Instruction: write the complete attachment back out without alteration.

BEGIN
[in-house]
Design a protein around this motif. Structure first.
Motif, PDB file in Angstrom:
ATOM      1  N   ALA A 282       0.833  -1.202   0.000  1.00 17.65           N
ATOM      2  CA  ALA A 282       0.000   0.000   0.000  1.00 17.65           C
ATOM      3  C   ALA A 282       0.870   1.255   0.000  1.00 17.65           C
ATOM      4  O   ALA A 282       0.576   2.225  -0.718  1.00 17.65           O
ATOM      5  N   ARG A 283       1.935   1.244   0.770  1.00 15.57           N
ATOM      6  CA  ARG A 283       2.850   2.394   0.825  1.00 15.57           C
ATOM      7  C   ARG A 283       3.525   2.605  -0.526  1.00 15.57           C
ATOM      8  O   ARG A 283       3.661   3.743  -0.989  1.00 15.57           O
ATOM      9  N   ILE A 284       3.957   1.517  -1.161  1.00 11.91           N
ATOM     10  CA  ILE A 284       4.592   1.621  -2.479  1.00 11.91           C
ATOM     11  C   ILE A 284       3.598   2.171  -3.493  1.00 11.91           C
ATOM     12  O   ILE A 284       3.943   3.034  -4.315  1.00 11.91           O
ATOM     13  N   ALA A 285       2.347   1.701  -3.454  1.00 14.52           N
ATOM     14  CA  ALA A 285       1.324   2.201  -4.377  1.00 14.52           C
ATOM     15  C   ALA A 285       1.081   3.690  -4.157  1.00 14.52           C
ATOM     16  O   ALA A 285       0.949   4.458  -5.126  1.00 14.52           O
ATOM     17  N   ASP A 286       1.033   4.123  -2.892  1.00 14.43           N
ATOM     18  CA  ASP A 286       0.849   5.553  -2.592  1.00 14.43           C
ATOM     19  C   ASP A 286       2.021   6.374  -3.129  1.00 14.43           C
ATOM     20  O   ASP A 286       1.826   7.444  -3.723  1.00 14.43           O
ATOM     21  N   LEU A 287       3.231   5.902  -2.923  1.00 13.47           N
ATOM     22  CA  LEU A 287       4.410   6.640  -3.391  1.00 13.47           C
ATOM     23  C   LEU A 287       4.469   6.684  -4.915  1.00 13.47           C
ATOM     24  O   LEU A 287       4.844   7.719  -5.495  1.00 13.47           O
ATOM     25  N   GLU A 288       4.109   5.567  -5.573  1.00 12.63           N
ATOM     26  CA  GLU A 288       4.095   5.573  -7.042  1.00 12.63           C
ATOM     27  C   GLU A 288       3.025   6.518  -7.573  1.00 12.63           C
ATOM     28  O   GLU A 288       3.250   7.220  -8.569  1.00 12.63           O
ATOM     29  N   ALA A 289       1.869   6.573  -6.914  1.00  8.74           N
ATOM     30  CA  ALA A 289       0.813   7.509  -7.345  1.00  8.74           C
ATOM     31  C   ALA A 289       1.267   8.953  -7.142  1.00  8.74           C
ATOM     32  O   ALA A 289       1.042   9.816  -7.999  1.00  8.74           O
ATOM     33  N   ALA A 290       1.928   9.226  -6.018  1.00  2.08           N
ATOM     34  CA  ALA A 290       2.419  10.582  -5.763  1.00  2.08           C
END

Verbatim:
[in-house]
Design a protein around this motif. Structure first.
Motif, PDB file in Angstrom:
ATOM      1  N   ALA A 282       0.833  -1.202   0.000  1.00 17.65           N
ATOM      2  CA  ALA A 282       0.000   0.000   0.000  1.00 17.65           C
ATOM      3  C   ALA A 282       0.870   1.255   0.000  1.00 17.65           C
ATOM      4  O   ALA A 282       0.576   2.225  -0.718  1.00 17.65           O
ATOM      5  N   ARG A 283       1.935   1.244   0.770  1.00 15.57           N
ATOM      6  CA  ARG A 283       2.850   2.394   0.825  1.00 15.57           C
ATOM      7  C   ARG A 283       3.525   2.605  -0.526  1.00 15.57           C
ATOM      8  O   ARG A 283       3.661   3.743  -0.989  1.00 15.57           O
ATOM      9  N   ILE A 284       3.957   1.517  -1.161  1.00 11.91           N
ATOM     10  CA  ILE A 284       4.592   1.621  -2.479  1.00 11.91           C
ATOM     11  C   ILE A 284       3.598   2.171  -3.493  1.00 11.91           C
ATOM     12  O   ILE A 284       3.943   3.034  -4.315  1.00 11.91           O
ATOM     13  N   ALA A 285       2.347   1.701  -3.454  1.00 14.52           N
ATOM     14  CA  ALA A 285       1.324   2.201  -4.377  1.00 14.52           C
ATOM     15  C   ALA A 285       1.081   3.690  -4.157  1.00 14.52           C
ATOM     16  O   ALA A 285       0.949   4.458  -5.126  1.00 14.52           O
ATOM     17  N   ASP A 286       1.033   4.123  -2.892  1.00 14.43           N
ATOM     18  CA  ASP A 286       0.849   5.553  -2.592  1.00 14.43           C
ATOM     19  C   ASP A 286       2.021   6.374  -3.129  1.00 14.43           C
ATOM     20  O   ASP A 286       1.826   7.444  -3.723  1.00 14.43           O
ATOM     21  N   LEU A 287       3.231   5.902  -2.923  1.00 13.47           N
ATOM     22  CA  LEU A 287       4.410   6.640  -3.391  1.00 13.47           C
ATOM     23  C   LEU A 287       4.469   6.684  -4.915  1.00 13.47           C
ATOM     24  O   LEU A 287       4.844   7.719  -5.495  1.00 13.47           O
ATOM     25  N   GLU A 288       4.109   5.567  -5.573  1.00 12.63           N
ATOM     26  CA  GLU A 288       4.095   5.573  -7.042  1.00 12.63           C
ATOM     27  C   GLU A 288       3.025   6.518  -7.573  1.00 12.63           C
ATOM     28  O   GLU A 288       3.250   7.220  -8.569  1.00 12.63           O
ATOM     29  N   ALA A 289       1.869   6.573  -6.914  1.00  8.74           N
ATOM     30  CA  ALA A 289       0.813   7.509  -7.345  1.00  8.74           C
ATOM     31  C   ALA A 289       1.267   8.953  -7.142  1.00  8.74           C
ATOM     32  O   ALA A 289       1.042   9.816  -7.999  1.00  8.74           O
ATOM     33  N   ALA A 290       1.928   9.226  -6.018  1.00  2.08           N
ATOM     34  CA  ALA A 290       2.419  10.582  -5.763  1.00  2.08           C